Twitter user @SandorReport tweeted on May 20, 2019, that cryptocurrency exchange Cobinhood had pulled an exit scam after it suspiciously filed for bankruptcy and appointed a liquidator to lay off its entire staff. The exchange, however, has not yet confirmed nor denied the accusations levied against it.
Another Exit Scam in the Making?
While there has been no official confirmation from Cobinhood’s end yet, skeptics argue that the Taiwan-based crypto exchange might have duped its users of their investments.
According to local blockchain media outlet Blocktempo, Cobinhood shuttered its business operations on May 20, 2019, just a month after it raised $3 million from DEXON (DXN) initial coin offering (ICO.)
Notably, Dexon Foundation is a wholly-owned subsidiary of Cobinhood which performs blockchain network verification and rewards validators through its digital token DXN. Per the report, the exchange was supposed to unlock the subscribed DXN tokens on May 20 but it instead chose to declare bankruptcy and simultaneously sell its DXN tokens for healthy profits.
The cascading effects of market dump reflected quickly in the price of both DXN and Cobinhood’s native cryptocurrency, COB. The two coins took a huge beating following the outbreak of the bankruptcy news with COB plunging more than 50 percent. Similarly, DXN tumbled more than 75 percent in value. The trading volume of both the tokens hasn’t been very encouraging either which could give the conmen the perfect opportunity to engage in the age-old tried and tested fraudulent trading practice of pump and dump.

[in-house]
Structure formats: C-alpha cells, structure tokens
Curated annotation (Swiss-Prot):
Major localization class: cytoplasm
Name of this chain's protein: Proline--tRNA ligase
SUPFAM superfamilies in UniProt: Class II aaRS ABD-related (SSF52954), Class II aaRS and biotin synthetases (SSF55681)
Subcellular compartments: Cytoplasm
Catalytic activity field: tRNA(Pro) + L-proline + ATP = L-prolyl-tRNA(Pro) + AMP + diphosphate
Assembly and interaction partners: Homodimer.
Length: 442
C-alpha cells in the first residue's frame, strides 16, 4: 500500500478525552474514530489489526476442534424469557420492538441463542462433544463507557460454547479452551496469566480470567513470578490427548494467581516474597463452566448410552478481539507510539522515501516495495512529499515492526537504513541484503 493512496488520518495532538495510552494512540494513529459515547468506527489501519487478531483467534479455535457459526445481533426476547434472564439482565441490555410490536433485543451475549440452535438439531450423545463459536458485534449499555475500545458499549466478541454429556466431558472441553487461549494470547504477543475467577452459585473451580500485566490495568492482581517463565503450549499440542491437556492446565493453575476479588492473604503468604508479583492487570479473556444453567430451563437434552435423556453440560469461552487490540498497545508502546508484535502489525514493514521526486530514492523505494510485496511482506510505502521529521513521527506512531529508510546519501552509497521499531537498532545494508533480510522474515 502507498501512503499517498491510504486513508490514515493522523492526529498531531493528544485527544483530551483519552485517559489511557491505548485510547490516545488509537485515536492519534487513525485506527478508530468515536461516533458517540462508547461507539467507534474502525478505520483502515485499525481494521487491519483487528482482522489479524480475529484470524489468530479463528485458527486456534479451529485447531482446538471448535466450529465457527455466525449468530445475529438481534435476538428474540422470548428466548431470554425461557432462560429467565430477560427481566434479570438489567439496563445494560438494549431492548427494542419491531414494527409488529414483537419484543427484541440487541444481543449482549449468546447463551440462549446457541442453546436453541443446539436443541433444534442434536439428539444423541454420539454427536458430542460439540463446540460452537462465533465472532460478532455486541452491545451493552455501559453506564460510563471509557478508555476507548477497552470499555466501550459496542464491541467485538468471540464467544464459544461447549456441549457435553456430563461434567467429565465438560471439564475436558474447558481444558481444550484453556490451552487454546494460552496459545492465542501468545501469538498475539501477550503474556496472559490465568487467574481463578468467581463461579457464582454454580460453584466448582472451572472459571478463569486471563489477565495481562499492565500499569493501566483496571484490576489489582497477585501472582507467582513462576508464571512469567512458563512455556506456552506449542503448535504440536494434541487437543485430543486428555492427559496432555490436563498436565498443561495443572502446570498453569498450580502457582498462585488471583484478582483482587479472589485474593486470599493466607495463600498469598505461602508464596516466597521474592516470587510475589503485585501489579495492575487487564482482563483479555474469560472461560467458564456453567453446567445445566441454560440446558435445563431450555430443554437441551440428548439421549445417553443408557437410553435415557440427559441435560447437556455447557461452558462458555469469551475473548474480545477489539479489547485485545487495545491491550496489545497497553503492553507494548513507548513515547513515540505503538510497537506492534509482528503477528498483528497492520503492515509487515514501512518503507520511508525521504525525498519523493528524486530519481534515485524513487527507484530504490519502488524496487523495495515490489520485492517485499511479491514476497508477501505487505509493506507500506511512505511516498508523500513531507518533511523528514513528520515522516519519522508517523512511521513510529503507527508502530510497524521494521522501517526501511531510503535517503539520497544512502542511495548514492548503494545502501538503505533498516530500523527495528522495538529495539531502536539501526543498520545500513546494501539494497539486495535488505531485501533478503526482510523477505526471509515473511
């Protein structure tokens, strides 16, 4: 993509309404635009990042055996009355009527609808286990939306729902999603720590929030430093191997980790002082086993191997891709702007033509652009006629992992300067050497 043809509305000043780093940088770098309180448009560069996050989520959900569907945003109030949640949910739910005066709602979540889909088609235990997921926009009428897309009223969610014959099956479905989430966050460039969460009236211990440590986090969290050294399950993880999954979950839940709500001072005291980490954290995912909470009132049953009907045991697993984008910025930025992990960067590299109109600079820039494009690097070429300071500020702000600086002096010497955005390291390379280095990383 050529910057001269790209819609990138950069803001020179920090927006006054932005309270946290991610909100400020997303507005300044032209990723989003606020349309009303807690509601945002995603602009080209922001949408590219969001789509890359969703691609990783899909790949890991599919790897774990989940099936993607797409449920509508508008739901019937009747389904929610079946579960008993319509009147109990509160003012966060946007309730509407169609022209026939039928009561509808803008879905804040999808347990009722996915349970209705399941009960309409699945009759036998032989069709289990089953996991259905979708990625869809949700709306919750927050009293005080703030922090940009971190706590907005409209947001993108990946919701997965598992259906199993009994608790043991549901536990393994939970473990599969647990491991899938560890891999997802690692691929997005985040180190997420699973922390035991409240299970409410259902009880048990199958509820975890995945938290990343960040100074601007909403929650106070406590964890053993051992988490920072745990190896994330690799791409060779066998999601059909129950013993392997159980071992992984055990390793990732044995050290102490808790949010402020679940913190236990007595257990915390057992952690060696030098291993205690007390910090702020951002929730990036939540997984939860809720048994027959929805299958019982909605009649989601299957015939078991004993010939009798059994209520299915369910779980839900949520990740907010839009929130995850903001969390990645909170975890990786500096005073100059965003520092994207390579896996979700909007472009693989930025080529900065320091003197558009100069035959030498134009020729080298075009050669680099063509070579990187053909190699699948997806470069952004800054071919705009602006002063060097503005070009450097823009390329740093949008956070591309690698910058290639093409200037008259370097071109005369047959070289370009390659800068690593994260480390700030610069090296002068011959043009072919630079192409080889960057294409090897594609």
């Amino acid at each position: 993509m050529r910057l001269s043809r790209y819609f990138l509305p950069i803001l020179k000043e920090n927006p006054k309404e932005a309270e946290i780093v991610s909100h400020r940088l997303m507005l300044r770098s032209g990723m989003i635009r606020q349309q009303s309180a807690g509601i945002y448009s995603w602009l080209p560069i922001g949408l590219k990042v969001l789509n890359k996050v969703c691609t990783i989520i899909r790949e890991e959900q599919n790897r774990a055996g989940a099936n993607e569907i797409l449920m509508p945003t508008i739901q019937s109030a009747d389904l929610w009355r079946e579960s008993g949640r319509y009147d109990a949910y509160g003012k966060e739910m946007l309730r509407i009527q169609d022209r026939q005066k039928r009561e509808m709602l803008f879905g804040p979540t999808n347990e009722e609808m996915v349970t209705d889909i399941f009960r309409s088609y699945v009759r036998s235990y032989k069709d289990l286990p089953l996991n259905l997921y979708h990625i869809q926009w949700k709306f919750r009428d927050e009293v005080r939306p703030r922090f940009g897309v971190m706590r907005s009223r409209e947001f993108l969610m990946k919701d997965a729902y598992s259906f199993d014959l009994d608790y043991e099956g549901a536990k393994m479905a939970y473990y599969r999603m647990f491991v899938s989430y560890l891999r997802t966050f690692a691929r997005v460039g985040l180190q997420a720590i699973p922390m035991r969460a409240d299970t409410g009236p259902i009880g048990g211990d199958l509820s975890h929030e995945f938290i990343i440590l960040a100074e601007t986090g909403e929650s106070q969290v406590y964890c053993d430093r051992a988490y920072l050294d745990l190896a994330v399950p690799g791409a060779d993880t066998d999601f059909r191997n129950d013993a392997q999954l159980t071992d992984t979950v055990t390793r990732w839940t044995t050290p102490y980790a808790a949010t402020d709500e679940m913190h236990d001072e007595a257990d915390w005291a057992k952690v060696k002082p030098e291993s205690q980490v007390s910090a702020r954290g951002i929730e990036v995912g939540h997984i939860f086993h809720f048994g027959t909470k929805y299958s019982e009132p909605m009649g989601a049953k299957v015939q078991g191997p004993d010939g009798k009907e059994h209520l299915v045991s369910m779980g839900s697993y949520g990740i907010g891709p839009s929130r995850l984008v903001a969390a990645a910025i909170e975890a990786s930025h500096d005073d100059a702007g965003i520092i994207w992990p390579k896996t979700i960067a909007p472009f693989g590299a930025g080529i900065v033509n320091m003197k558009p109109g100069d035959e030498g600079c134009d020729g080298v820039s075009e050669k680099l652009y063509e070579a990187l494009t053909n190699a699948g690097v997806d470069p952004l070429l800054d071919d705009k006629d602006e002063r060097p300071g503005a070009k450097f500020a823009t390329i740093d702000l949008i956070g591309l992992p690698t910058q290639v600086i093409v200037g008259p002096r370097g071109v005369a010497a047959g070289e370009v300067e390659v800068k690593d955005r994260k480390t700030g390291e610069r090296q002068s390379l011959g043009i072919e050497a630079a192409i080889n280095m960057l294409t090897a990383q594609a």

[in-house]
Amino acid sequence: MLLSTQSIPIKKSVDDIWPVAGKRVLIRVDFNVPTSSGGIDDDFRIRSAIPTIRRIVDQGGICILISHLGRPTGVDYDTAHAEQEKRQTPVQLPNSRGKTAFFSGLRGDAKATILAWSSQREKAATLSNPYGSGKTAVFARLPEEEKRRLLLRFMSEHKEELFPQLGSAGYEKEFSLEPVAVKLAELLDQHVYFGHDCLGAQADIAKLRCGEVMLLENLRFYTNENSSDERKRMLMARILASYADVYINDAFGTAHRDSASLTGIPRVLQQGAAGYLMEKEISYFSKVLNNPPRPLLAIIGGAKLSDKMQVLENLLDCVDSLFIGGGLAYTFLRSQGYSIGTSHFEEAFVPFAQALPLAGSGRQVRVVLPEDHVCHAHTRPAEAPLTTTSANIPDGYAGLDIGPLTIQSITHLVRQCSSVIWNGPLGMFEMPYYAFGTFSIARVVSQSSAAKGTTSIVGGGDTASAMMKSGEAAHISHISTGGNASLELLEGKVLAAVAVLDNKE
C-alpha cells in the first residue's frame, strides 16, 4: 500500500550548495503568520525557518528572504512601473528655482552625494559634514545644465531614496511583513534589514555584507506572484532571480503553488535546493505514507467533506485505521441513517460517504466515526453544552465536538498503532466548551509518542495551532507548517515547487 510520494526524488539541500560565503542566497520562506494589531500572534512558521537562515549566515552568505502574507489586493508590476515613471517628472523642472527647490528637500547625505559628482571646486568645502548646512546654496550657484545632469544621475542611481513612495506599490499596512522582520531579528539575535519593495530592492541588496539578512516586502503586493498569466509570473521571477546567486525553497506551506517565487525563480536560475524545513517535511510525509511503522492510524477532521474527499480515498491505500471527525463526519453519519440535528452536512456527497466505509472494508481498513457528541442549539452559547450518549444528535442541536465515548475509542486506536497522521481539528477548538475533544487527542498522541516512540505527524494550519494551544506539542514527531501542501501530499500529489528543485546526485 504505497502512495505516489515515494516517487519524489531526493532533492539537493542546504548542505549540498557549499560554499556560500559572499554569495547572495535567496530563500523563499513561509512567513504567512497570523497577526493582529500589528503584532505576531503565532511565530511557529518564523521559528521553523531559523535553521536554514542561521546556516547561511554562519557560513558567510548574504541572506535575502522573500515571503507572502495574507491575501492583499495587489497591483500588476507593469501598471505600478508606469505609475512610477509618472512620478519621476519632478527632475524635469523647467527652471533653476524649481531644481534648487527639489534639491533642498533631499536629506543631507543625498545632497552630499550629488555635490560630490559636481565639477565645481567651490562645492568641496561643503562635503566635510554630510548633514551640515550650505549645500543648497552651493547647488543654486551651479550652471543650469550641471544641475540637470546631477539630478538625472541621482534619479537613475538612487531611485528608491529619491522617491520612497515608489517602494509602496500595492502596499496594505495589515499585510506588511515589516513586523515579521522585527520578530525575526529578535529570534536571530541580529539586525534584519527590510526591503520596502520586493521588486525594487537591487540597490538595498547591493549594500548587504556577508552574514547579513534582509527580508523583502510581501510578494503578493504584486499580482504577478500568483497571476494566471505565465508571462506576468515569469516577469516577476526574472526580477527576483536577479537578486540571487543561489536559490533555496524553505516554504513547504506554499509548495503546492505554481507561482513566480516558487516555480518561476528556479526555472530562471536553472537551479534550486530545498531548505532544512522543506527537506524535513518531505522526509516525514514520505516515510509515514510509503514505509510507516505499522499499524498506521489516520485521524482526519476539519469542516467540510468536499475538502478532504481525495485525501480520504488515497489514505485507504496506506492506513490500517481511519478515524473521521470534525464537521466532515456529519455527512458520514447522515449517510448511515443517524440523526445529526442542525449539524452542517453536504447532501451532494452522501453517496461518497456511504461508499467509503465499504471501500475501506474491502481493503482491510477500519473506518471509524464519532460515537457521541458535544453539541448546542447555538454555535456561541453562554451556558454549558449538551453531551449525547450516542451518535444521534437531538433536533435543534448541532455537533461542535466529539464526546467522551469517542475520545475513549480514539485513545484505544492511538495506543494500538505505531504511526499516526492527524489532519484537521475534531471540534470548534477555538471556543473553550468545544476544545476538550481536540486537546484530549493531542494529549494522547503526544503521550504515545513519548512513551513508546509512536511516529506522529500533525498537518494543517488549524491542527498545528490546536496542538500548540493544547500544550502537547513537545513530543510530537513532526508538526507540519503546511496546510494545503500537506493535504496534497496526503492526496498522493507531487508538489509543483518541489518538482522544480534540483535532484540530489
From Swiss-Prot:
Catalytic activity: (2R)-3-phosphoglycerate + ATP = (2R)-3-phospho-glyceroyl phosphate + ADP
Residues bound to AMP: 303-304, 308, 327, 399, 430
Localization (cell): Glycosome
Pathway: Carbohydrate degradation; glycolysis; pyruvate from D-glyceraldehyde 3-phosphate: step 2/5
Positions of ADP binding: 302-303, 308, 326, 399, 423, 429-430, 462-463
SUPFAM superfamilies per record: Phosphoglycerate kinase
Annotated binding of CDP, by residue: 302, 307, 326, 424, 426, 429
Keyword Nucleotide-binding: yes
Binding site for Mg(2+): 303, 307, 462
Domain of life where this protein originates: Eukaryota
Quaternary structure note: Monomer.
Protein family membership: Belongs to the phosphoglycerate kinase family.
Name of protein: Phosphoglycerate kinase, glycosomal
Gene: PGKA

To add to the claim, it can be observed on Etherscan that large amounts of COB tokens have been moved in the past few hours. Further, the DEXON Foundation also looks to be camouflaging the massive sell-off it supposedly orchestrated earlier in the day among zero DXN transactions.
However, not all are convinced that Coindoo is scheming an exit scam. A Twitter user with the handle @MrBatesK408 replied to @SandorReport stating that the exchange did actually unlock all DXN tokens and said they were taking some nodes offline. In the confusion, people dumped about 20-40k tokens which led to the sharp decline in its price.
Cobinhood’s Troubled Past
Often times it is found that cryptocurrency exchanges, or any business venture for that matter, doesn’t exactly go bankrupt overnight. These entities are typically plagued with troubles – both internal and external – before their can of worms finally opens up in public. This was the story with BitConnect, QuadrigaCX, and it could be possible that Cobinhood is heading the same route.
The report by Blocktempo adds that Cobinhood co-founder Tai-yuan “Popo” Chen recently told the Digital Times magazine that the company was looking to trim its employee strength to 30 people to make way for more “efficiency” and “restructuring” in the organization.
Further, Cobinhood announced on May 6, 2019, on its Telegram channel that it had removed Chen from the corporate affairs committee due to “personal and investor disputes.” The exchange wrote that it had to file a police complaint against Chen due to his “emotional instability and personal behaviors” that caused safety concerns for its employees.
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